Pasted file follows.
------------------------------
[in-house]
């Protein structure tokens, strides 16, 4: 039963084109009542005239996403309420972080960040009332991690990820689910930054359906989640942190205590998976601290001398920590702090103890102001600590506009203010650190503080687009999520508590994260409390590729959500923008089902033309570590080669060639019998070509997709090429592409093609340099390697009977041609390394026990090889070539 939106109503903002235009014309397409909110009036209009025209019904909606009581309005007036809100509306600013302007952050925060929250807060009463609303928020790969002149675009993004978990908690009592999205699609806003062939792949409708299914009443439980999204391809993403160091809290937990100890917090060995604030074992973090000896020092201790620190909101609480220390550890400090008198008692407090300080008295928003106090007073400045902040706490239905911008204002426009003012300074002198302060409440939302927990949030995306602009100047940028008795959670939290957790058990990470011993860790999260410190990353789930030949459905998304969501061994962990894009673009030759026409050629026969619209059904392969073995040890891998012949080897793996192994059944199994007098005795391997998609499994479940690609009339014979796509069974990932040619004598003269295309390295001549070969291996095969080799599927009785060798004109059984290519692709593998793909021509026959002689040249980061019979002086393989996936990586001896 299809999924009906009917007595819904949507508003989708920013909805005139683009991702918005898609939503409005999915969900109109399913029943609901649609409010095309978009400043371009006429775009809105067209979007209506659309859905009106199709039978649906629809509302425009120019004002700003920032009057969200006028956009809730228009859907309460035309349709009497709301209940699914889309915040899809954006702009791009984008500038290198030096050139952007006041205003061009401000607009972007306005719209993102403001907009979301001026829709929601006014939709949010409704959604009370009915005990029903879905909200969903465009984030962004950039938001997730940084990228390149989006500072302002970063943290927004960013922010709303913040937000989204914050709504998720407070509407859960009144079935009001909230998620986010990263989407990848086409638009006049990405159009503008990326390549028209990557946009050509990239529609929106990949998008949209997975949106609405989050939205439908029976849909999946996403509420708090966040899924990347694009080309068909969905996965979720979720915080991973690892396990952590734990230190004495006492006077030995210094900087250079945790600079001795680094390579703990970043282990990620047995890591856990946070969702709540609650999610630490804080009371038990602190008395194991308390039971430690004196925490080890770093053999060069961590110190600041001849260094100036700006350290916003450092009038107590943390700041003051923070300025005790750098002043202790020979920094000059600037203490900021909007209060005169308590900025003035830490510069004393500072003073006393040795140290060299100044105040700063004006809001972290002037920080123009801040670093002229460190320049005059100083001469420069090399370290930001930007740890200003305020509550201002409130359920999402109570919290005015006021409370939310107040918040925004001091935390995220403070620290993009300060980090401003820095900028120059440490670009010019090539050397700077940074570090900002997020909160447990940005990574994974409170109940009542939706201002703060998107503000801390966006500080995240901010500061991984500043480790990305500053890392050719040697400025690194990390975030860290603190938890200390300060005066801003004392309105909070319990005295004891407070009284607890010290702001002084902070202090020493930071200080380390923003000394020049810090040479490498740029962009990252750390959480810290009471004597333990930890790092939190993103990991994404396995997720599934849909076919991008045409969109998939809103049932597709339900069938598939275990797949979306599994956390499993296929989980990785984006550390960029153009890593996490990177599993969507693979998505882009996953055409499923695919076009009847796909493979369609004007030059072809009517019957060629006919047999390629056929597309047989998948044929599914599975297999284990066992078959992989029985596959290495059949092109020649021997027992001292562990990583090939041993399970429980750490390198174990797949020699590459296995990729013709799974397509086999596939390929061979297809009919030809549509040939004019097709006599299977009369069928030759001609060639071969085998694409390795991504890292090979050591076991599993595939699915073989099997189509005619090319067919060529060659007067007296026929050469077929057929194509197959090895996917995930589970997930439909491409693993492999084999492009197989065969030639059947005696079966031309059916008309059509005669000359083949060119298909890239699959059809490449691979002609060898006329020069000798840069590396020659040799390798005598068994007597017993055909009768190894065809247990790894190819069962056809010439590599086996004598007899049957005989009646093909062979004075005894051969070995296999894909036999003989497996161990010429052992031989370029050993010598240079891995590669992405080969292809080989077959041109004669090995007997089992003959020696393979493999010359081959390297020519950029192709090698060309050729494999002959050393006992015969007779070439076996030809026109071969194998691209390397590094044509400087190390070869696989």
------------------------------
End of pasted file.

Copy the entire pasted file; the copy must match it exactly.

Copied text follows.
[in-house]
């Protein structure tokens, strides 16, 4: 039963084109009542005239996403309420972080960040009332991690990820689910930054359906989640942190205590998976601290001398920590702090103890102001600590506009203010650190503080687009999520508590994260409390590729959500923008089902033309570590080669060639019998070509997709090429592409093609340099390697009977041609390394026990090889070539 939106109503903002235009014309397409909110009036209009025209019904909606009581309005007036809100509306600013302007952050925060929250807060009463609303928020790969002149675009993004978990908690009592999205699609806003062939792949409708299914009443439980999204391809993403160091809290937990100890917090060995604030074992973090000896020092201790620190909101609480220390550890400090008198008692407090300080008295928003106090007073400045902040706490239905911008204002426009003012300074002198302060409440939302927990949030995306602009100047940028008795959670939290957790058990990470011993860790999260410190990353789930030949459905998304969501061994962990894009673009030759026409050629026969619209059904392969073995040890891998012949080897793996192994059944199994007098005795391997998609499994479940690609009339014979796509069974990932040619004598003269295309390295001549070969291996095969080799599927009785060798004109059984290519692709593998793909021509026959002689040249980061019979002086393989996936990586001896 299809999924009906009917007595819904949507508003989708920013909805005139683009991702918005898609939503409005999915969900109109399913029943609901649609409010095309978009400043371009006429775009809105067209979007209506659309859905009106199709039978649906629809509302425009120019004002700003920032009057969200006028956009809730228009859907309460035309349709009497709301209940699914889309915040899809954006702009791009984008500038290198030096050139952007006041205003061009401000607009972007306005719209993102403001907009979301001026829709929601006014939709949010409704959604009370009915005990029903879905909200969903465009984030962004950039938001997730940084990228390149989006500072302002970063943290927004960013922010709303913040937000989204914050709504998720407070509407859960009144079935009001909230998620986010990263989407990848086409638009006049990405159009503008990326390549028209990557946009050509990239529609929106990949998008949209997975949106609405989050939205439908029976849909999946996403509420708090966040899924990347694009080309068909969905996965979720979720915080991973690892396990952590734990230190004495006492006077030995210094900087250079945790600079001795680094390579703990970043282990990620047995890591856990946070969702709540609650999610630490804080009371038990602190008395194991308390039971430690004196925490080890770093053999060069961590110190600041001849260094100036700006350290916003450092009038107590943390700041003051923070300025005790750098002043202790020979920094000059600037203490900021909007209060005169308590900025003035830490510069004393500072003073006393040795140290060299100044105040700063004006809001972290002037920080123009801040670093002229460190320049005059100083001469420069090399370290930001930007740890200003305020509550201002409130359920999402109570919290005015006021409370939310107040918040925004001091935390995220403070620290993009300060980090401003820095900028120059440490670009010019090539050397700077940074570090900002997020909160447990940005990574994974409170109940009542939706201002703060998107503000801390966006500080995240901010500061991984500043480790990305500053890392050719040697400025690194990390975030860290603190938890200390300060005066801003004392309105909070319990005295004891407070009284607890010290702001002084902070202090020493930071200080380390923003000394020049810090040479490498740029962009990252750390959480810290009471004597333990930890790092939190993103990991994404396995997720599934849909076919991008045409969109998939809103049932597709339900069938598939275990797949979306599994956390499993296929989980990785984006550390960029153009890593996490990177599993969507693979998505882009996953055409499923695919076009009847796909493979369609004007030059072809009517019957060629006919047999390629056929597309047989998948044929599914599975297999284990066992078959992989029985596959290495059949092109020649021997027992001292562990990583090939041993399970429980750490390198174990797949020699590459296995990729013709799974397509086999596939390929061979297809009919030809549509040939004019097709006599299977009369069928030759001609060639071969085998694409390795991504890292090979050591076991599993595939699915073989099997189509005619090319067919060529060659007067007296026929050469077929057929194509197959090895996917995930589970997930439909491409693993492999084999492009197989065969030639059947005696079966031309059916008309059509005669000359083949060119298909890239699959059809490449691979002609060898006329020069000798840069590396020659040799390798005598068994007597017993055909009768190894065809247990790894190819069962056809010439590599086996004598007899049957005989009646093909062979004075005894051969070995296999894909036999003989497996161990010429052992031989370029050993010598240079891995590669992405080969292809080989077959041109004669090995007997089992003959020696393979493999010359081959390297020519950029192709090698060309050729494999002959050393006992015969007779070439076996030809026109071969194998691209390397590094044509400087190390070869696989």